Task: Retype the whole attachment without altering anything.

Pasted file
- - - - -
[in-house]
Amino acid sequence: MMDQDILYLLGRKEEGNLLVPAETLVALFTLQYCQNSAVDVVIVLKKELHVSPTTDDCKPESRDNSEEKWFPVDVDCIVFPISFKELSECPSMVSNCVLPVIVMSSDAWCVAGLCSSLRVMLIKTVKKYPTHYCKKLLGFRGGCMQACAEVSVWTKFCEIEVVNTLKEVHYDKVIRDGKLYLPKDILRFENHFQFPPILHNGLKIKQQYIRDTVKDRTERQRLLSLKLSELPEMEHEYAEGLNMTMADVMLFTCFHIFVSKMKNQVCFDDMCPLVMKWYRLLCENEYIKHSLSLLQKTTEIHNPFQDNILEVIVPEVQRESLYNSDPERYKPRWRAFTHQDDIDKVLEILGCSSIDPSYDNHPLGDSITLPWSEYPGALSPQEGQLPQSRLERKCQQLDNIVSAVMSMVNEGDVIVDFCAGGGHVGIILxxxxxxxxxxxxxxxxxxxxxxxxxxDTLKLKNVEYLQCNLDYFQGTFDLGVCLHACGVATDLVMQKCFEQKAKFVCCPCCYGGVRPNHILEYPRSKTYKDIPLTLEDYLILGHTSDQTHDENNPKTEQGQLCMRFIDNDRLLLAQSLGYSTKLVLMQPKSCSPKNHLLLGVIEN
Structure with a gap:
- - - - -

[in-house]
Amino acid sequence: MMDQDILYLLGRKEEGNLLVPAETLVALFTLQYCQNSAVDVVIVLKKELHVSPTTDDCKPESRDNSEEKWFPVDVDCIVFPISFKELSECPSMVSNCVLPVIVMSSDAWCVAGLCSSLRVMLIKTVKKYPTHYCKKLLGFRGGCMQACAEVSVWTKFCEIEVVNTLKEVHYDKVIRDGKLYLPKDILRFENHFQFPPILHNGLKIKQQYIRDTVKDRTERQRLLSLKLSELPEMEHEYAEGLNMTMADVMLFTCFHIFVSKMKNQVCFDDMCPLVMKWYRLLCENEYIKHSLSLLQKTTEIHNPFQDNILEVIVPEVQRESLYNSDPERYKPRWRAFTHQDDIDKVLEILGCSSIDPSYDNHPLGDSITLPWSEYPGALSPQEGQLPQSRLERKCQQLDNIVSAVMSMVNEGDVIVDFCAGGGHVGIILxxxxxxxxxxxxxxxxxxxxxxxxxxDTLKLKNVEYLQCNLDYFQGTFDLGVCLHACGVATDLVMQKCFEQKAKFVCCPCCYGGVRPNHILEYPRSKTYKDIPLTLEDYLILGHTSDQTHDENNPKTEQGQLCMRFIDNDRLLLAQSLGYSTKLVLMQPKSCSPKNHLLLGVIEN
Structure with a gap: